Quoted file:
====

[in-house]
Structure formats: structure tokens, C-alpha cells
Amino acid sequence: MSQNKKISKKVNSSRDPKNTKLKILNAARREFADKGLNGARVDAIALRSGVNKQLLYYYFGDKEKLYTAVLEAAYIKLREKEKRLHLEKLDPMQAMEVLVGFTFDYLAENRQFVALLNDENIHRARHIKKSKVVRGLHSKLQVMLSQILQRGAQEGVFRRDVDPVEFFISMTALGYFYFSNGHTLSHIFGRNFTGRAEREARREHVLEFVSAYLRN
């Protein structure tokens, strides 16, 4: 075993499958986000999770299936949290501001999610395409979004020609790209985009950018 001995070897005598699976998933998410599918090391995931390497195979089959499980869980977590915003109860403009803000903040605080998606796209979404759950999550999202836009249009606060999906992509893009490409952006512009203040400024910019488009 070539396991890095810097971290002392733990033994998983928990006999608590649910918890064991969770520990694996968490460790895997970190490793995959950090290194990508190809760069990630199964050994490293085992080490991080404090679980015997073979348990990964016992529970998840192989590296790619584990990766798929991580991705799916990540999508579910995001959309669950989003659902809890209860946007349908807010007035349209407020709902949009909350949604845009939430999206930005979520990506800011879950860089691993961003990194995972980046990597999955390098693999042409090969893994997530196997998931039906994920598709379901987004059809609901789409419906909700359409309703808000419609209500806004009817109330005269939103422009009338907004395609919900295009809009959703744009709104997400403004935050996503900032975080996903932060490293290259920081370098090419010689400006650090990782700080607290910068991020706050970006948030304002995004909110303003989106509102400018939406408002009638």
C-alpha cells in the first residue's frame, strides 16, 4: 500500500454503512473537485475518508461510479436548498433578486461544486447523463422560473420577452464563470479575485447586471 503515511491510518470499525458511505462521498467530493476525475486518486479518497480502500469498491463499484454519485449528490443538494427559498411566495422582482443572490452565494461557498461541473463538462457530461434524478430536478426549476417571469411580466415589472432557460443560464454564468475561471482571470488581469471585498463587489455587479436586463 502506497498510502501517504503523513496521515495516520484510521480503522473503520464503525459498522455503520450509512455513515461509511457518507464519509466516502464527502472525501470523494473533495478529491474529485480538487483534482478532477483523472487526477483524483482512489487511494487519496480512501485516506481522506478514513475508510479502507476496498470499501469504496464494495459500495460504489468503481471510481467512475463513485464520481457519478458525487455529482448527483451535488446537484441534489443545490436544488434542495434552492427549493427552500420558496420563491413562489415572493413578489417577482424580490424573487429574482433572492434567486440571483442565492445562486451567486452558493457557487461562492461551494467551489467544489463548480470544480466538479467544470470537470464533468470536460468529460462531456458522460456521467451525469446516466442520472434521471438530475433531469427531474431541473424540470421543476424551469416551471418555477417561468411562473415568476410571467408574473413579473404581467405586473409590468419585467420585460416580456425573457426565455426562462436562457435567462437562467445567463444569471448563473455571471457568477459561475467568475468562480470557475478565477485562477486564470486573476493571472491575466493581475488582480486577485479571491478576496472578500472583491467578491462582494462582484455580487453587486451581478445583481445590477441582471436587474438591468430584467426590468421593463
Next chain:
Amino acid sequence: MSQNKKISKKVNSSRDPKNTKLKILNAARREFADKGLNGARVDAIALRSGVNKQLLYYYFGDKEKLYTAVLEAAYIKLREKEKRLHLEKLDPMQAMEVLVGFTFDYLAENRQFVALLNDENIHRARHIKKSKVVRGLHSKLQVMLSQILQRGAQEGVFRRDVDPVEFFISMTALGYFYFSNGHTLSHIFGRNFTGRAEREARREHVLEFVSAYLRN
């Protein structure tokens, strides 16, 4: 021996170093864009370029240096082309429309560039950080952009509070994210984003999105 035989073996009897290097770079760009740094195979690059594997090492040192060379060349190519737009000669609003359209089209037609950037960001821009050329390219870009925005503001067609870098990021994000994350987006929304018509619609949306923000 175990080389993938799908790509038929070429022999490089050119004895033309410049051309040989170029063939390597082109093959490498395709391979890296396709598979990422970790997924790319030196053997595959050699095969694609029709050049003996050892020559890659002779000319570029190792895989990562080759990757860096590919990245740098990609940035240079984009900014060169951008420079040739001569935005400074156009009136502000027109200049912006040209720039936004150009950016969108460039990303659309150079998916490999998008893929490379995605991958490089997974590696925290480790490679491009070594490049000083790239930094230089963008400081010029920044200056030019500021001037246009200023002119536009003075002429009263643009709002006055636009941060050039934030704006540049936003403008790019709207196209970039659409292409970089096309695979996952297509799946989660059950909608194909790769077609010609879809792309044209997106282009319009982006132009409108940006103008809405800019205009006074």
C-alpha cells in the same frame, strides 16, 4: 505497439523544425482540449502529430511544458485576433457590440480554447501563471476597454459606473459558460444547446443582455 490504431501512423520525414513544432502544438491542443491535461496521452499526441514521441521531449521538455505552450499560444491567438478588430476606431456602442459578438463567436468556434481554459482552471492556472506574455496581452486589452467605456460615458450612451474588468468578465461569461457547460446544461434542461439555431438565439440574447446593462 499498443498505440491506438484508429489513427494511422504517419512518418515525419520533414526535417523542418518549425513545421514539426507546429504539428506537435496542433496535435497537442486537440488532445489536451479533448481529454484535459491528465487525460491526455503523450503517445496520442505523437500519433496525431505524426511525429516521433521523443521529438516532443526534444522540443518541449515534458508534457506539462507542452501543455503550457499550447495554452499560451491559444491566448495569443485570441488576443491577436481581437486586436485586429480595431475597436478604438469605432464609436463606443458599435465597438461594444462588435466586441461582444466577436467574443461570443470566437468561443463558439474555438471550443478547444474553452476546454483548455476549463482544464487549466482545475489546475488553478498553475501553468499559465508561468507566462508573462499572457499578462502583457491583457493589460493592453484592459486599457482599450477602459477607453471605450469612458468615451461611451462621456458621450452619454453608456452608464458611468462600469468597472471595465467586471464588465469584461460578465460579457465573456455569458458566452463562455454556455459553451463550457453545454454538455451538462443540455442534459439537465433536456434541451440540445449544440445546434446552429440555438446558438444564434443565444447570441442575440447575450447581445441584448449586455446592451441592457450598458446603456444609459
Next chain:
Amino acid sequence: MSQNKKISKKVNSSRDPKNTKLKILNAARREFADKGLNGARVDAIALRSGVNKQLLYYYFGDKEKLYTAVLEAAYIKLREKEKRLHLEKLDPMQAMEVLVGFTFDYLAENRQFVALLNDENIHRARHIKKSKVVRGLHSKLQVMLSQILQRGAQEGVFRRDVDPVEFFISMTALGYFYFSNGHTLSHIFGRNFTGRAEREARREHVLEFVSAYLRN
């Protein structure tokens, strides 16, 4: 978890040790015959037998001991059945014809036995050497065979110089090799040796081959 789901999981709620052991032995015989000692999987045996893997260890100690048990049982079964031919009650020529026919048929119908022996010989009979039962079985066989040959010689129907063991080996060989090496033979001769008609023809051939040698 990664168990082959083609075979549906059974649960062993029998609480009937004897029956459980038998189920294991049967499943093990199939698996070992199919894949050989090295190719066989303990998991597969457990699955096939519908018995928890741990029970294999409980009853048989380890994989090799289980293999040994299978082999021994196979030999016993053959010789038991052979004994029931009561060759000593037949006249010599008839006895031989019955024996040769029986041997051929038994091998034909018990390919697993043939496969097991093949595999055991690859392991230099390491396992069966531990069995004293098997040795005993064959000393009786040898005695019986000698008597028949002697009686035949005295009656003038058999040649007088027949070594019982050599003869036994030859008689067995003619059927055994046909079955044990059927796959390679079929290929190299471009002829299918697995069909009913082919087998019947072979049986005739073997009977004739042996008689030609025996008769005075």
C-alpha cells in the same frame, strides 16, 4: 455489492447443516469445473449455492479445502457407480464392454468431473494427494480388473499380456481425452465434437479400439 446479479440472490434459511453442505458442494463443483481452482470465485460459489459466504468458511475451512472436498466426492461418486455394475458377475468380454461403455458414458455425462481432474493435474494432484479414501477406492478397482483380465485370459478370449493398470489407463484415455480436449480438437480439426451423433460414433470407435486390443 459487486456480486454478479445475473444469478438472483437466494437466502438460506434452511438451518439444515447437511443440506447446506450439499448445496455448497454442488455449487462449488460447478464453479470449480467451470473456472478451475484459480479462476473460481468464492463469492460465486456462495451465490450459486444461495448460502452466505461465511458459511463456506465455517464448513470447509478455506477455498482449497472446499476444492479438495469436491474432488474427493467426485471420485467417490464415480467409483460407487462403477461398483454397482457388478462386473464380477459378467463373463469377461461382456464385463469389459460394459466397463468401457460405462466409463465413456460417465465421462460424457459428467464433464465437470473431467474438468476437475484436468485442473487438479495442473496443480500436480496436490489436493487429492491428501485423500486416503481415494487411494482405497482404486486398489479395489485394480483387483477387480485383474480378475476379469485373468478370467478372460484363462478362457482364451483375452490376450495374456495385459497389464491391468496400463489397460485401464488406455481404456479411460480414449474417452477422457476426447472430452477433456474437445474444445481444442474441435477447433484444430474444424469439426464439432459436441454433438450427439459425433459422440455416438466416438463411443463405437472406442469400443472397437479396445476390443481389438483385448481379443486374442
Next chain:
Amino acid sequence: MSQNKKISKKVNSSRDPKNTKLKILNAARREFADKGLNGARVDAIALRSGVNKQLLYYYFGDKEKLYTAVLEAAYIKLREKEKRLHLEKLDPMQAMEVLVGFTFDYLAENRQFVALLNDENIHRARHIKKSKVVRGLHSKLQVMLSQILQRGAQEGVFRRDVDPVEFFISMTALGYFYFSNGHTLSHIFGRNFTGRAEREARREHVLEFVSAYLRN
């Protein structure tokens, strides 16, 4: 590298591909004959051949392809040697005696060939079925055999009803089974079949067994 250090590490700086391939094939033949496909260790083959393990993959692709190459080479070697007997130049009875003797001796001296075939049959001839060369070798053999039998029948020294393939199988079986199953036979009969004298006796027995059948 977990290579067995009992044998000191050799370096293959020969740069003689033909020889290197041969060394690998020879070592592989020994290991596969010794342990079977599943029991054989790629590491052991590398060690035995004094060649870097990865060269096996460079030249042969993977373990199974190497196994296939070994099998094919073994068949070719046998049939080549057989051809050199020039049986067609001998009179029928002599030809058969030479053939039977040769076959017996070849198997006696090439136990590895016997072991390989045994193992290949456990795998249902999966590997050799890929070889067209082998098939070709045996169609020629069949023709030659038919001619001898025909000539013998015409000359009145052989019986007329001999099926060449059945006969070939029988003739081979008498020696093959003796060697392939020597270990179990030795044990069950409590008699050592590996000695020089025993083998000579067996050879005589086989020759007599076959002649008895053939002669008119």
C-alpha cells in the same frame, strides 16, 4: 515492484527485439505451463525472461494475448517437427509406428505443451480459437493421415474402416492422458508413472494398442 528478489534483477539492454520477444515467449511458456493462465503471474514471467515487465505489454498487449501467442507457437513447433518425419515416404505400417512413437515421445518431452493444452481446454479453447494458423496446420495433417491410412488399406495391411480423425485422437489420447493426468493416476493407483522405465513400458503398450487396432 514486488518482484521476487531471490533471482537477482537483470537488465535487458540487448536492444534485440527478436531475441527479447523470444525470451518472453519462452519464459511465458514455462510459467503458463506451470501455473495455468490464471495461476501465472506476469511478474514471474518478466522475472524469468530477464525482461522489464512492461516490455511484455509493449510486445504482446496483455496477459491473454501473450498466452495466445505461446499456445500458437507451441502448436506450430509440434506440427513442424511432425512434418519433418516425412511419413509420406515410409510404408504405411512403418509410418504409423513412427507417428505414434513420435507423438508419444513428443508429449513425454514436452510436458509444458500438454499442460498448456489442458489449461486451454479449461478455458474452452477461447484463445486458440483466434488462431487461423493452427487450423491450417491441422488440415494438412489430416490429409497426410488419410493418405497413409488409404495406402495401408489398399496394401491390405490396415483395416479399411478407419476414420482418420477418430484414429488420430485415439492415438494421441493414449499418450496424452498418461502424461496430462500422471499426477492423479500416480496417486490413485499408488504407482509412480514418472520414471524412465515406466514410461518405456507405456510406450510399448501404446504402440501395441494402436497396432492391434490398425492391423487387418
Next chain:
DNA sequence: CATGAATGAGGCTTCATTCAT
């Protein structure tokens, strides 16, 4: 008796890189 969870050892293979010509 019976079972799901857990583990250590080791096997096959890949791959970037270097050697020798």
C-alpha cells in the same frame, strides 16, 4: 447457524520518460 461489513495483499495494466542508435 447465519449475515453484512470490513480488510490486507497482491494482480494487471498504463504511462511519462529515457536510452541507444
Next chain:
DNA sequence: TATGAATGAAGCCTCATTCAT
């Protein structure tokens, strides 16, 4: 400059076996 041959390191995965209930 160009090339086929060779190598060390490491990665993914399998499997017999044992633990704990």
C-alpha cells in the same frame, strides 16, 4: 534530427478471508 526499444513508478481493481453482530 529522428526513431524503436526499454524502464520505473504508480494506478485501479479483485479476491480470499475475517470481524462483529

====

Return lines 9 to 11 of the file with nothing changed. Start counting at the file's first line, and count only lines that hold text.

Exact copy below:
C-alpha cells in the same frame, strides 16, 4: 505497439523544425482540449502529430511544458485576433457590440480554447501563471476597454459606473459558460444547446443582455 490504431501512423520525414513544432502544438491542443491535461496521452499526441514521441521531449521538455505552450499560444491567438478588430476606431456602442459578438463567436468556434481554459482552471492556472506574455496581452486589452467605456460615458450612451474588468468578465461569461457547460446544461434542461439555431438565439440574447446593462 499498443498505440491506438484508429489513427494511422504517419512518418515525419520533414526535417523542418518549425513545421514539426507546429504539428506537435496542433496535435497537442486537440488532445489536451479533448481529454484535459491528465487525460491526455503523450503517445496520442505523437500519433496525431505524426511525429516521433521523443521529438516532443526534444522540443518541449515534458508534457506539462507542452501543455503550457499550447495554452499560451491559444491566448495569443485570441488576443491577436481581437486586436485586429480595431475597436478604438469605432464609436463606443458599435465597438461594444462588435466586441461582444466577436467574443461570443470566437468561443463558439474555438471550443478547444474553452476546454483548455476549463482544464487549466482545475489546475488553478498553475501553468499559465508561468507566462508573462499572457499578462502583457491583457493589460493592453484592459486599457482599450477602459477607453471605450469612458468615451461611451462621456458621450452619454453608456452608464458611468462600469468597472471595465467586471464588465469584461460578465460579457465573456455569458458566452463562455454556455459553451463550457453545454454538455451538462443540455442534459439537465433536456434541451440540445449544440445546434446552429440555438446558438444564434443565444447570441442575440447575450447581445441584448449586455446592451441592457450598458446603456444609459
Next chain:
Amino acid sequence: MSQNKKISKKVNSSRDPKNTKLKILNAARREFADKGLNGARVDAIALRSGVNKQLLYYYFGDKEKLYTAVLEAAYIKLREKEKRLHLEKLDPMQAMEVLVGFTFDYLAENRQFVALLNDENIHRARHIKKSKVVRGLHSKLQVMLSQILQRGAQEGVFRRDVDPVEFFISMTALGYFYFSNGHTLSHIFGRNFTGRAEREARREHVLEFVSAYLRN